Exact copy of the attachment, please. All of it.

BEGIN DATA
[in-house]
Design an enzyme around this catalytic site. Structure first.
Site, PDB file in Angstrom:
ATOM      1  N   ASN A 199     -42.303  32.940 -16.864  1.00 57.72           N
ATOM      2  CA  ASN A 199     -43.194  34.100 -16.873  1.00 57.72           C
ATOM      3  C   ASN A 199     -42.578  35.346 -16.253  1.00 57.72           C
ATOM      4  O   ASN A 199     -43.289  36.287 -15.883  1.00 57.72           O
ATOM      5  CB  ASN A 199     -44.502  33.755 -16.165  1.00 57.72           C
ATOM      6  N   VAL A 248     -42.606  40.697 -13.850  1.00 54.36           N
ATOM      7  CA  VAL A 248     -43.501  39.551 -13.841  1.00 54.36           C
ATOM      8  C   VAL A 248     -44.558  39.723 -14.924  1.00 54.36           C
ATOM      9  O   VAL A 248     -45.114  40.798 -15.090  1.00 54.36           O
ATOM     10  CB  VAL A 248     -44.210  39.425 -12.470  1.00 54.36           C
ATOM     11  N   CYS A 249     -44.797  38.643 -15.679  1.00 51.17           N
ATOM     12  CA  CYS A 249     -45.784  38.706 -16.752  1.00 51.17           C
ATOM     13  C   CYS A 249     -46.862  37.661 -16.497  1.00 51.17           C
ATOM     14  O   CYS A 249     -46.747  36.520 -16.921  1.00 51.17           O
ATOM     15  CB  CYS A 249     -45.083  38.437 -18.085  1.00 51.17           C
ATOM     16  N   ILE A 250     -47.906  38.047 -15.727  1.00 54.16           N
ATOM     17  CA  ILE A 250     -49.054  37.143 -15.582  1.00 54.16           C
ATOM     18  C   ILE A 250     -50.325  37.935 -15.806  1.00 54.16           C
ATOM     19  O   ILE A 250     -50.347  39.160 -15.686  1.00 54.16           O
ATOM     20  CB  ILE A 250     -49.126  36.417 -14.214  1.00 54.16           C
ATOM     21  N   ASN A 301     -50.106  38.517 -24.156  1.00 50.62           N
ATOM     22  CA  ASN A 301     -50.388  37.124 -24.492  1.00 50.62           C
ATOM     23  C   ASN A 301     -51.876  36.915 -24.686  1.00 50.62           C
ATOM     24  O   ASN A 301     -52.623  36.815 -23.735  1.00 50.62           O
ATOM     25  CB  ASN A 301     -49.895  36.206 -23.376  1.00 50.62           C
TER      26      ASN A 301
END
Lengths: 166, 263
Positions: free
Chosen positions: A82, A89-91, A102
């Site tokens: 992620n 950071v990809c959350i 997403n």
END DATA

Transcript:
[in-house]
Design an enzyme around this catalytic site. Structure first.
Site, PDB file in Angstrom:
ATOM      1  N   ASN A 199     -42.303  32.940 -16.864  1.00 57.72           N
ATOM      2  CA  ASN A 199     -43.194  34.100 -16.873  1.00 57.72           C
ATOM      3  C   ASN A 199     -42.578  35.346 -16.253  1.00 57.72           C
ATOM      4  O   ASN A 199     -43.289  36.287 -15.883  1.00 57.72           O
ATOM      5  CB  ASN A 199     -44.502  33.755 -16.165  1.00 57.72           C
ATOM      6  N   VAL A 248     -42.606  40.697 -13.850  1.00 54.36           N
ATOM      7  CA  VAL A 248     -43.501  39.551 -13.841  1.00 54.36           C
ATOM      8  C   VAL A 248     -44.558  39.723 -14.924  1.00 54.36           C
ATOM      9  O   VAL A 248     -45.114  40.798 -15.090  1.00 54.36           O
ATOM     10  CB  VAL A 248     -44.210  39.425 -12.470  1.00 54.36           C
ATOM     11  N   CYS A 249     -44.797  38.643 -15.679  1.00 51.17           N
ATOM     12  CA  CYS A 249     -45.784  38.706 -16.752  1.00 51.17           C
ATOM     13  C   CYS A 249     -46.862  37.661 -16.497  1.00 51.17           C
ATOM     14  O   CYS A 249     -46.747  36.520 -16.921  1.00 51.17           O
ATOM     15  CB  CYS A 249     -45.083  38.437 -18.085  1.00 51.17           C
ATOM     16  N   ILE A 250     -47.906  38.047 -15.727  1.00 54.16           N
ATOM     17  CA  ILE A 250     -49.054  37.143 -15.582  1.00 54.16           C
ATOM     18  C   ILE A 250     -50.325  37.935 -15.806  1.00 54.16           C
ATOM     19  O   ILE A 250     -50.347  39.160 -15.686  1.00 54.16           O
ATOM     20  CB  ILE A 250     -49.126  36.417 -14.214  1.00 54.16           C
ATOM     21  N   ASN A 301     -50.106  38.517 -24.156  1.00 50.62           N
ATOM     22  CA  ASN A 301     -50.388  37.124 -24.492  1.00 50.62           C
ATOM     23  C   ASN A 301     -51.876  36.915 -24.686  1.00 50.62           C
ATOM     24  O   ASN A 301     -52.623  36.815 -23.735  1.00 50.62           O
ATOM     25  CB  ASN A 301     -49.895  36.206 -23.376  1.00 50.62           C
TER      26      ASN A 301
END
Lengths: 166, 263
Positions: free
Chosen positions: A82, A89-91, A102
């Site tokens: 992620n 950071v990809c959350i 997403n």